Hospitals in London are the biggest culprits when it comes to calling firefighters to false alarms, according to the London Fire Brigade’s top 10 list released today.
The top ten, all hospitals, accounted for 1,189 false alarm calls to the Brigade last year, more than three a day.
The nine worst each had more than 100 unnecessary call outs last year. Number one on the list is St. Georges Hospital and its surrounding buildings in Tooting which had 169 false alarms last year, around one every other day.
The other nine hospital sites and the number of false call outs last year are:
• Kings College Hospital, Denmark Hill – 163
• Chase Farm Hospital, Enfield – 161
• Ealing Hospital, Uxbridge Road – 159
• Hillingdon Hospital, Hillingdon – 143
• Queen’s Hospital, Romford – 131
• Guy’s and St.Thomas’ Hospital, Lambeth – 126
• Homerton Hospital, Homerton Row – 112
• Royal London Hospital, Whitechapel – 100
• Royal Free Hospital, Hampstead – 94
Despite a reduction of 23 per cent in the last five years, a fire engine is still called to a false alarm every 12 minutes in the capital, costing an estimated £34 million each year. As well as being costly for London, false alarms are a nationwide problem, with the Government estimating that they cost the UK around £1 billion a year.
Over a third of all emergency calls are to false alarms, with 40,839 attended last year. Of these over 27,000 call outs are to commercial or public buildings and mainly due to faulty or badly maintained automatic alarm systems. These unnecessary calls impact on the Brigade’s ability to attend real incidents, deliver training and carry out vital community safety work.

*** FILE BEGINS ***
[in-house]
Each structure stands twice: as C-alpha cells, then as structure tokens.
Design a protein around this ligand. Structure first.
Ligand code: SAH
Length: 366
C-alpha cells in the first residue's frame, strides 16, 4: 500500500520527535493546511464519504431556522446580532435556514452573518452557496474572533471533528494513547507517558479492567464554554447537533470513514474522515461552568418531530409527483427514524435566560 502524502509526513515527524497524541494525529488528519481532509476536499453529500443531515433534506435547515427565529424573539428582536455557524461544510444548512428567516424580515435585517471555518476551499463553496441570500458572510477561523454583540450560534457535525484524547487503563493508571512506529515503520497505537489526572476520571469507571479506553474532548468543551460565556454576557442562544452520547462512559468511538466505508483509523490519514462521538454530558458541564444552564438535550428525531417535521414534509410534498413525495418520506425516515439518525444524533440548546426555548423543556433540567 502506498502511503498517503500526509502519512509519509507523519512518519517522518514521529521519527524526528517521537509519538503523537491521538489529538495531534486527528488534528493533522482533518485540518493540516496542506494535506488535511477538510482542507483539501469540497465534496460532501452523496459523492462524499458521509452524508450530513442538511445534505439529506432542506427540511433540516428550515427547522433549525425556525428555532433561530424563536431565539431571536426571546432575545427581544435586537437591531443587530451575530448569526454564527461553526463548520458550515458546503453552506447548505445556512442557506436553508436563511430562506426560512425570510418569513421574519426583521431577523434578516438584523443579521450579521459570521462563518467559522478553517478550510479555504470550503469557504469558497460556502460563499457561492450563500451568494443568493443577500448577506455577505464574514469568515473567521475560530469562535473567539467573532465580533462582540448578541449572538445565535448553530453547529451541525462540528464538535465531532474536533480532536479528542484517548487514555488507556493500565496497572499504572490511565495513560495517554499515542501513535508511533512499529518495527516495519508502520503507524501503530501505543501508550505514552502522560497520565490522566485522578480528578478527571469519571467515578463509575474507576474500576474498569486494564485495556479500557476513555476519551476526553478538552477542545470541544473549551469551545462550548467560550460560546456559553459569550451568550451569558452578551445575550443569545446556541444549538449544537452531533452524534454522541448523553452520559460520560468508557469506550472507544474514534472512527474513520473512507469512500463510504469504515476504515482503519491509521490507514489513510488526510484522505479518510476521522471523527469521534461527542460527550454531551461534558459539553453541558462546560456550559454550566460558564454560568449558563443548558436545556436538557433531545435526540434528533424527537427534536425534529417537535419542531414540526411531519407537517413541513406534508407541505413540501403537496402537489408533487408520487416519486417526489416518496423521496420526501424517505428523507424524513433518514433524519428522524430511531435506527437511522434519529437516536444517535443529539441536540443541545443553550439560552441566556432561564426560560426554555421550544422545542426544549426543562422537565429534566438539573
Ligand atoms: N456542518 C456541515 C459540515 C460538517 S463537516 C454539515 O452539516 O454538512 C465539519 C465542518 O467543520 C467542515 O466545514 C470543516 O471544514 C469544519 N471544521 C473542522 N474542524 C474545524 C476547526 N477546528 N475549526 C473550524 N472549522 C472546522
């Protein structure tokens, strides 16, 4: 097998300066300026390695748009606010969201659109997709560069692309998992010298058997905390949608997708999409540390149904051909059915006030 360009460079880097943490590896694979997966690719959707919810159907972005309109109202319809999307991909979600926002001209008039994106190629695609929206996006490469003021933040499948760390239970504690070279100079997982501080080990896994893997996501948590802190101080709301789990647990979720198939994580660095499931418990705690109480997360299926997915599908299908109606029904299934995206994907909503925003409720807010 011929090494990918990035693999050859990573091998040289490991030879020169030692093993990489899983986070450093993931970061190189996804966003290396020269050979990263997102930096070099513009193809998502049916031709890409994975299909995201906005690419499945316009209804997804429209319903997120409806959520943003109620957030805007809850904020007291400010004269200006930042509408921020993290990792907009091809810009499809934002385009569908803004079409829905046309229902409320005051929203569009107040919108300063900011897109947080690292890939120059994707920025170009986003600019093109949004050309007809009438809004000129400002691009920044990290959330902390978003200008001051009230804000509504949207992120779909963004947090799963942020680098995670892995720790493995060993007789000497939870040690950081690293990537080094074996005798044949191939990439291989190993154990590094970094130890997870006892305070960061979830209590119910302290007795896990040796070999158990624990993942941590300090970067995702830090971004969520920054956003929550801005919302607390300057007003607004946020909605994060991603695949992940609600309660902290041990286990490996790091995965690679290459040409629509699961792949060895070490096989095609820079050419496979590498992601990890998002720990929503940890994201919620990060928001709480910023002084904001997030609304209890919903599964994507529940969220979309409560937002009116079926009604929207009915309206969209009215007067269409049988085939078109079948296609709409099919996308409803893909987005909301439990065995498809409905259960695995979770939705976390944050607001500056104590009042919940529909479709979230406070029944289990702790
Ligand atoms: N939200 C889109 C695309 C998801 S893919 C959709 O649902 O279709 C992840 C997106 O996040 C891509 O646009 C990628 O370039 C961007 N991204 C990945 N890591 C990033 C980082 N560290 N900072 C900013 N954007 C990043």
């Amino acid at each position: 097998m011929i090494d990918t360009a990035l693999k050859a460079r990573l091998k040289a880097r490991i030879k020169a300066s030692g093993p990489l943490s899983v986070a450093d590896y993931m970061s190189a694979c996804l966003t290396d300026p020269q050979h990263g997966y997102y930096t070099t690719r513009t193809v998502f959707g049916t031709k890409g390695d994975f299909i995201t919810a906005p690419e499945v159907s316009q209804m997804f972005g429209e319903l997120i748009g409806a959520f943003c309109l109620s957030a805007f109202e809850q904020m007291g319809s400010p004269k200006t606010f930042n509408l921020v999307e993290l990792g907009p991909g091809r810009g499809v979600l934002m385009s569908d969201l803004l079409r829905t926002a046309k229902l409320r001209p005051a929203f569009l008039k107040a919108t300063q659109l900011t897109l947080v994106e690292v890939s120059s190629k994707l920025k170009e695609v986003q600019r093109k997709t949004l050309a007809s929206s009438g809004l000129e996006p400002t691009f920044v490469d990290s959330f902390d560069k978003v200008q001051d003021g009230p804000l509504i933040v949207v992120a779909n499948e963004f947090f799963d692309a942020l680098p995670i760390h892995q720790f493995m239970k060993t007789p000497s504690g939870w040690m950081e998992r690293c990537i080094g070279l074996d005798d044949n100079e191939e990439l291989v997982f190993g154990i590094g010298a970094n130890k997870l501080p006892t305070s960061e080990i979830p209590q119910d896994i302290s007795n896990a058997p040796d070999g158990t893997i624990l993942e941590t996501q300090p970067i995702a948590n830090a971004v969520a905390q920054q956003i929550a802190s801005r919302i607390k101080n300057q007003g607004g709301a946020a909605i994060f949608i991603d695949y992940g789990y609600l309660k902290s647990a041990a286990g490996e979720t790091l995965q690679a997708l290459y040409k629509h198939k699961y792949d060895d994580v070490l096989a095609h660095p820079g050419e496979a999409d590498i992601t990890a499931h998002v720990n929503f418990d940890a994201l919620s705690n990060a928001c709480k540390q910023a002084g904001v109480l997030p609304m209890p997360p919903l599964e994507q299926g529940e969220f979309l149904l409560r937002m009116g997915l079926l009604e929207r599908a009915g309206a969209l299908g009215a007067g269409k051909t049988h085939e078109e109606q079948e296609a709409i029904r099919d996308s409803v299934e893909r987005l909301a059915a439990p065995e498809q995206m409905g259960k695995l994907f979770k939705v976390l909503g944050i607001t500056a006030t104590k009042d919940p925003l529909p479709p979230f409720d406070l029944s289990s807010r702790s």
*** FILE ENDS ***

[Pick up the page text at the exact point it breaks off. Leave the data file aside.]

Fire alarms act as a vital early warning system, helping keep people safe by alerting them to fires and giving them more time to escape. But, the majority of false alarms caused by faulty or badly maintained automatic fire alarm systems or things like burnt toast, steam or cigarette smoke.
James Cleverly, Chairman of London Fire and Emergency Planning Authority, said:
“Every penny of taxpayers’ money is precious, especially in the current economic climate. We can’t keep sending our crews out to non existent fires, particularly when a little extra care and attention from the owners or managers of buildings could solve this problem.
“This is about the Brigade being able to do the job people expect it to – attend real emergencies. The management of these alarm systems must improve so that our crews are not sent to needless call outs.”
The Brigade continues to work closely with organisations across the capital, such as hospitals, universities, hotels and airports, in a bid to reduce the number of false alarms it responds to. In 2009, the Brigade introduced call filtering to help reduce the number of unwanted call outs. Between 6am and 9pm control officers ask the caller why the alarm is sounding. If the caller confirms that it is not because of a fire then no fire engines are sent.
One organisation that has taken great strides to improve the number of false fire alarms London’s fire crews are called out to is King’s College London. Staff from the University worked closely with the Brigade to reduce false alarms by 44 per cent between 2007 and 2011.